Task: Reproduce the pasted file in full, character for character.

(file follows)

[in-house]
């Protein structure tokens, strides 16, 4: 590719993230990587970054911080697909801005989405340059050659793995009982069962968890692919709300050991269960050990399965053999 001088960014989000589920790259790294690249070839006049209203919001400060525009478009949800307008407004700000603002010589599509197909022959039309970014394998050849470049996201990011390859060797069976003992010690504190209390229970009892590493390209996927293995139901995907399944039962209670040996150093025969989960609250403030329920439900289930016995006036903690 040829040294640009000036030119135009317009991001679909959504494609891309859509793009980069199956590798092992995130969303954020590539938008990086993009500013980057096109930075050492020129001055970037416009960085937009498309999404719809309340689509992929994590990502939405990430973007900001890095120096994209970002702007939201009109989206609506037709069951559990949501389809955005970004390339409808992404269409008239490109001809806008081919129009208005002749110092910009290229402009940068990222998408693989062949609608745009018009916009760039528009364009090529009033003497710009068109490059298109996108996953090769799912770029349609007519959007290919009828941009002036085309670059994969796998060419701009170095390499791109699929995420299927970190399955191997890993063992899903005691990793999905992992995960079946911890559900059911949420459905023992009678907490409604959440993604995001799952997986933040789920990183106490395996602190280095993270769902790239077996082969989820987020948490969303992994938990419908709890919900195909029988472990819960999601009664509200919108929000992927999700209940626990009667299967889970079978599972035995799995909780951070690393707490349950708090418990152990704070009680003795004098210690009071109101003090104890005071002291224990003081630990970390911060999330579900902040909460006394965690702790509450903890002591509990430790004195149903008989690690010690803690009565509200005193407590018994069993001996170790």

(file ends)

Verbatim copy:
[in-house]
């Protein structure tokens, strides 16, 4: 590719993230990587970054911080697909801005989405340059050659793995009982069962968890692919709300050991269960050990399965053999 001088960014989000589920790259790294690249070839006049209203919001400060525009478009949800307008407004700000603002010589599509197909022959039309970014394998050849470049996201990011390859060797069976003992010690504190209390229970009892590493390209996927293995139901995907399944039962209670040996150093025969989960609250403030329920439900289930016995006036903690 040829040294640009000036030119135009317009991001679909959504494609891309859509793009980069199956590798092992995130969303954020590539938008990086993009500013980057096109930075050492020129001055970037416009960085937009498309999404719809309340689509992929994590990502939405990430973007900001890095120096994209970002702007939201009109989206609506037709069951559990949501389809955005970004390339409808992404269409008239490109001809806008081919129009208005002749110092910009290229402009940068990222998408693989062949609608745009018009916009760039528009364009090529009033003497710009068109490059298109996108996953090769799912770029349609007519959007290919009828941009002036085309670059994969796998060419701009170095390499791109699929995420299927970190399955191997890993063992899903005691990793999905992992995960079946911890559900059911949420459905023992009678907490409604959440993604995001799952997986933040789920990183106490395996602190280095993270769902790239077996082969989820987020948490969303992994938990419908709890919900195909029988472990819960999601009664509200919108929000992927999700209940626990009667299967889970079978599972035995799995909780951070690393707490349950708090418990152990704070009680003795004098210690009071109101003090104890005071002291224990003081630990970390911060999330579900902040909460006394965690702790509450903890002591509990430790004195149903008989690690010690803690009565509200005193407590018994069993001996170790």